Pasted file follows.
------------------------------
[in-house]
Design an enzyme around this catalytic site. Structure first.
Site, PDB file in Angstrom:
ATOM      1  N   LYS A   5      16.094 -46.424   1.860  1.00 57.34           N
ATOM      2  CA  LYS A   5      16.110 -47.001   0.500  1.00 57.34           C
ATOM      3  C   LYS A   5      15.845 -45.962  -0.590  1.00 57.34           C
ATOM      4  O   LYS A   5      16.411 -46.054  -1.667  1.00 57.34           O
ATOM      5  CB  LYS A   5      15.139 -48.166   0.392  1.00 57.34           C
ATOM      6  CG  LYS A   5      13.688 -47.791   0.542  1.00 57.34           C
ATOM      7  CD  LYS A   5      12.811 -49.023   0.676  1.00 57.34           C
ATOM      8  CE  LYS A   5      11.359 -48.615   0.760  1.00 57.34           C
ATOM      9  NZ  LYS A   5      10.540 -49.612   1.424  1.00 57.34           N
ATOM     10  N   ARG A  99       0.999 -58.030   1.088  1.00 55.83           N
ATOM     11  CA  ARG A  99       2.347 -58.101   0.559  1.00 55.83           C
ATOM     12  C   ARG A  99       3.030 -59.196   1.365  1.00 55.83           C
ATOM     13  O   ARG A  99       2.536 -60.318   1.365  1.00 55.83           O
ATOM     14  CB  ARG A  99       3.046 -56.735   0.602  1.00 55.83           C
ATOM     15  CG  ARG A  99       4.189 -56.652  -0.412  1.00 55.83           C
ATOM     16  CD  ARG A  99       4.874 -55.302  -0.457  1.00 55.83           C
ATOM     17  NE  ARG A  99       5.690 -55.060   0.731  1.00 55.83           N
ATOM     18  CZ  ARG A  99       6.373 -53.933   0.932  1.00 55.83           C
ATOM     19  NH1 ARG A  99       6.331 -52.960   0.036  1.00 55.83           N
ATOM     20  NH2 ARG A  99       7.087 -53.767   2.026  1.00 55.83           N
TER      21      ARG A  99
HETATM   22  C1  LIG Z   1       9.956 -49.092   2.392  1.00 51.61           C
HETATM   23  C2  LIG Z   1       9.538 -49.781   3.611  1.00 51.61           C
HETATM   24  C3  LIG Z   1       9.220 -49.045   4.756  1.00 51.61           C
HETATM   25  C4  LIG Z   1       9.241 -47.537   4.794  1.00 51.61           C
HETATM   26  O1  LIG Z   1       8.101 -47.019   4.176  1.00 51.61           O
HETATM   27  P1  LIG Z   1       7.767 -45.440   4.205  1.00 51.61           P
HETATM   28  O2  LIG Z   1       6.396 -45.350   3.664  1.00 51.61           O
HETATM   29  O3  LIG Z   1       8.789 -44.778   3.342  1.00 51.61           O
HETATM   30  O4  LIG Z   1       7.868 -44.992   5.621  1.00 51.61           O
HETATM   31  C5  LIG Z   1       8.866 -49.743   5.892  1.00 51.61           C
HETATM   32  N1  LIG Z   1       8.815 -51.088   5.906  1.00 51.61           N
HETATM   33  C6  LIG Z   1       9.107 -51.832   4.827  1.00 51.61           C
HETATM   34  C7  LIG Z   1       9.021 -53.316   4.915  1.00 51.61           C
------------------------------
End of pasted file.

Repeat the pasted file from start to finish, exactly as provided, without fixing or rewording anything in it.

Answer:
[in-house]
Design an enzyme around this catalytic site. Structure first.
Site, PDB file in Angstrom:
ATOM      1  N   LYS A   5      16.094 -46.424   1.860  1.00 57.34           N
ATOM      2  CA  LYS A   5      16.110 -47.001   0.500  1.00 57.34           C
ATOM      3  C   LYS A   5      15.845 -45.962  -0.590  1.00 57.34           C
ATOM      4  O   LYS A   5      16.411 -46.054  -1.667  1.00 57.34           O
ATOM      5  CB  LYS A   5      15.139 -48.166   0.392  1.00 57.34           C
ATOM      6  CG  LYS A   5      13.688 -47.791   0.542  1.00 57.34           C
ATOM      7  CD  LYS A   5      12.811 -49.023   0.676  1.00 57.34           C
ATOM      8  CE  LYS A   5      11.359 -48.615   0.760  1.00 57.34           C
ATOM      9  NZ  LYS A   5      10.540 -49.612   1.424  1.00 57.34           N
ATOM     10  N   ARG A  99       0.999 -58.030   1.088  1.00 55.83           N
ATOM     11  CA  ARG A  99       2.347 -58.101   0.559  1.00 55.83           C
ATOM     12  C   ARG A  99       3.030 -59.196   1.365  1.00 55.83           C
ATOM     13  O   ARG A  99       2.536 -60.318   1.365  1.00 55.83           O
ATOM     14  CB  ARG A  99       3.046 -56.735   0.602  1.00 55.83           C
ATOM     15  CG  ARG A  99       4.189 -56.652  -0.412  1.00 55.83           C
ATOM     16  CD  ARG A  99       4.874 -55.302  -0.457  1.00 55.83           C
ATOM     17  NE  ARG A  99       5.690 -55.060   0.731  1.00 55.83           N
ATOM     18  CZ  ARG A  99       6.373 -53.933   0.932  1.00 55.83           C
ATOM     19  NH1 ARG A  99       6.331 -52.960   0.036  1.00 55.83           N
ATOM     20  NH2 ARG A  99       7.087 -53.767   2.026  1.00 55.83           N
TER      21      ARG A  99
HETATM   22  C1  LIG Z   1       9.956 -49.092   2.392  1.00 51.61           C
HETATM   23  C2  LIG Z   1       9.538 -49.781   3.611  1.00 51.61           C
HETATM   24  C3  LIG Z   1       9.220 -49.045   4.756  1.00 51.61           C
HETATM   25  C4  LIG Z   1       9.241 -47.537   4.794  1.00 51.61           C
HETATM   26  O1  LIG Z   1       8.101 -47.019   4.176  1.00 51.61           O
HETATM   27  P1  LIG Z   1       7.767 -45.440   4.205  1.00 51.61           P
HETATM   28  O2  LIG Z   1       6.396 -45.350   3.664  1.00 51.61           O
HETATM   29  O3  LIG Z   1       8.789 -44.778   3.342  1.00 51.61           O
HETATM   30  O4  LIG Z   1       7.868 -44.992   5.621  1.00 51.61           O
HETATM   31  C5  LIG Z   1       8.866 -49.743   5.892  1.00 51.61           C
HETATM   32  N1  LIG Z   1       8.815 -51.088   5.906  1.00 51.61           N
HETATM   33  C6  LIG Z   1       9.107 -51.832   4.827  1.00 51.61           C
HETATM   34  C7  LIG Z   1       9.021 -53.316   4.915  1.00 51.61           C